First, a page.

Electrical Engineering
      and Computer Sciences

Electrical Engineering and Computer Sciences

COLLEGE OF ENGINEERING

UC Berkeley

Barking Up The Wrong Tree: Why Optimizing Compilers Are Still Unable To Match Assembly Language

Marc Sabatella

EECS Department
University of California, Berkeley
Technical Report No. UCB/CSD-88-428
August 1988

http://www.eecs.berkeley.edu/Pubs/TechRpts/1988/CSD-88-428.pdf

People often write in assembly language because such programs tend to run faster than equivalent programs written in a higher level language. Through a case study of a particular program in both assembly language and C versions, we identify some of the factors that contribute to the superior performance of the assembly language version. Much of the disparity may be attributed to interprocedural register usage. Current global optimizers do not address these issues. A class of interprocedural optimizations which we term galactic optimizations is introduced in an attempt to mimic the techniques employed by assembly language programmers. The optimizations are parameter mode strength reduction (PMSR), global variables (GV), and pass in register (PREG). The implementation of the optimizations may be at link time, or else separate compilation may be precluded.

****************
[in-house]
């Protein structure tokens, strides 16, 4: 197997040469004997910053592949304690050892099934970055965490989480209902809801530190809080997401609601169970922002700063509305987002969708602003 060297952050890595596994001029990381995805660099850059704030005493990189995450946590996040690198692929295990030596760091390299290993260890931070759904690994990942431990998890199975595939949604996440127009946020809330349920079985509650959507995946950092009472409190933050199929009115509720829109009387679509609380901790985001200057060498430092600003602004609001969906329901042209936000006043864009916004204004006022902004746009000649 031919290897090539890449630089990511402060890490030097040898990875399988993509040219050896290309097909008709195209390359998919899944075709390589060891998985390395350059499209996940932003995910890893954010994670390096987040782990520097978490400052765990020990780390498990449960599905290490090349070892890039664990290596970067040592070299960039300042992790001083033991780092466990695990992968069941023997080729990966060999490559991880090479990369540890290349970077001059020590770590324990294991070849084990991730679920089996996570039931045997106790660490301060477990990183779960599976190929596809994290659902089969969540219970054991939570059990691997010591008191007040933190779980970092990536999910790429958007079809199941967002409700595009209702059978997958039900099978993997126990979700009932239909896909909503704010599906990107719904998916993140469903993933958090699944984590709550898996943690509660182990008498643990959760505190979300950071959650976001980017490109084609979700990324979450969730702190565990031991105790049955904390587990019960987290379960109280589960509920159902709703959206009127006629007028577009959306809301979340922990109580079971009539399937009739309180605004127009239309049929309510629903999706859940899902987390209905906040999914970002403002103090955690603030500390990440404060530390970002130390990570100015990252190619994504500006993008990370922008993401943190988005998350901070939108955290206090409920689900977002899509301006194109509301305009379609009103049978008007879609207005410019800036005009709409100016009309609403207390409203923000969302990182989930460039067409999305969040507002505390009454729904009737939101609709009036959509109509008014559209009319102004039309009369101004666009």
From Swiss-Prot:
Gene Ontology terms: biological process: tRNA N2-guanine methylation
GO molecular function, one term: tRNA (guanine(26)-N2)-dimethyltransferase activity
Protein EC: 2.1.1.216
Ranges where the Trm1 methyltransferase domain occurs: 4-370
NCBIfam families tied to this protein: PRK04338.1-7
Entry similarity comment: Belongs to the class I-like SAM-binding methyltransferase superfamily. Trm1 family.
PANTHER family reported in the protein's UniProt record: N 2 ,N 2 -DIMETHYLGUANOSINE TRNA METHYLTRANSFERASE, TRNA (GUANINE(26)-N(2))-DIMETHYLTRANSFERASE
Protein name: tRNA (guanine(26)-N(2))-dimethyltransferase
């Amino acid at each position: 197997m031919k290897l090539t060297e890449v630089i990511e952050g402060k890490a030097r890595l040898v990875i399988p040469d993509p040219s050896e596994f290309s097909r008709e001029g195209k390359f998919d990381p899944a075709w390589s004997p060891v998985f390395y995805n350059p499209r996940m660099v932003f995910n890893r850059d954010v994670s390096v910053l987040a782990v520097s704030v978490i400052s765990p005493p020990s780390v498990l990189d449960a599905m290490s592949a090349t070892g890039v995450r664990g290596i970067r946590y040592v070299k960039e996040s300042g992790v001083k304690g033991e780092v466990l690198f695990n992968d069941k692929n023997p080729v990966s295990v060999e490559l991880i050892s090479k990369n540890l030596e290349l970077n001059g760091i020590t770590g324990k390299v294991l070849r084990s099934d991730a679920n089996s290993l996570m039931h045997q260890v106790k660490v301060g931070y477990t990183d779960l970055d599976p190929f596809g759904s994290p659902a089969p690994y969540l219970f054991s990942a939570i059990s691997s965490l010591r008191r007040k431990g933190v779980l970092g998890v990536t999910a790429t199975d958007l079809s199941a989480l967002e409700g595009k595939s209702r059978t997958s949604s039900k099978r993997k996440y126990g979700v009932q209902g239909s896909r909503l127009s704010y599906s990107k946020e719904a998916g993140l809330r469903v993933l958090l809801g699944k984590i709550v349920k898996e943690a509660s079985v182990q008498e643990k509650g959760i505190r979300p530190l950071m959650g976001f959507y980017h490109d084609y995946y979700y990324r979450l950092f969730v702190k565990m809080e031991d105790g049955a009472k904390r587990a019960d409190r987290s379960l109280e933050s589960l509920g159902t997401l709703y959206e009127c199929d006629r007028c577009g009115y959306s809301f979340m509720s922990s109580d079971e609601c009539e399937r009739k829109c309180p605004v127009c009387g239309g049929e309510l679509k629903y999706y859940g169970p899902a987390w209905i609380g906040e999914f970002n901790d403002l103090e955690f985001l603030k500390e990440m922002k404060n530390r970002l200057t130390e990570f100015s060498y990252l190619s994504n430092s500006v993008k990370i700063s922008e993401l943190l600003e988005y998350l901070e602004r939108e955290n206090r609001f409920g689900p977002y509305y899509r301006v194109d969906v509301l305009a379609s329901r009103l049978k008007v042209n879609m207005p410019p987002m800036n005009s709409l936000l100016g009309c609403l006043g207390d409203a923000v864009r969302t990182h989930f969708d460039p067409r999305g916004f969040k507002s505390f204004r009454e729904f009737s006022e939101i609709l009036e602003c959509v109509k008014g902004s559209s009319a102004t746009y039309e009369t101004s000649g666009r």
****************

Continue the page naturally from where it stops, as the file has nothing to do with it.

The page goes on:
BibTeX citation:

@techreport{Sabatella:CSD-88-428,
    Author = {Sabatella, Marc},
    Title = {Barking Up The Wrong Tree: Why Optimizing Compilers Are Still Unable To Match Assembly Language},
    Institution = {EECS Department, University of California, Berkeley},
    Year = {1988},
    Month = {Aug},
    URL = {http://www.eecs.berkeley.edu/Pubs/TechRpts/1988/5277.html},
    Number = {UCB/CSD-88-428},
    Abstract = {People often write in assembly language because such programs tend to run faster than equivalent programs written in a higher level language. Through a case study of a particular program in both assembly language and C versions, we identify some of the factors that contribute to the superior performance of the assembly language version. Much of the disparity may be attributed to interprocedural register usage. Current global optimizers do not address these issues. A class of interprocedural optimizations which we term galactic optimizations is introduced in an attempt to mimic the techniques employed by assembly language programmers. The optimizations are parameter mode strength reduction (PMSR), global variables (GV), and pass in register (PREG). The implementation of the optimizations may be at link time, or else separate compilation may be precluded.}
}

EndNote citation:

%0 Report
%A Sabatella, Marc
%T Barking Up The Wrong Tree: Why Optimizing Compilers Are Still Unable To Match Assembly Language
%I EECS Department, University of California, Berkeley
%D 1988
%@ UCB/CSD-88-428
%U http://www.eecs.berkeley.edu/Pubs/TechRpts/1988/5277.html
%F Sabatella:CSD-88-428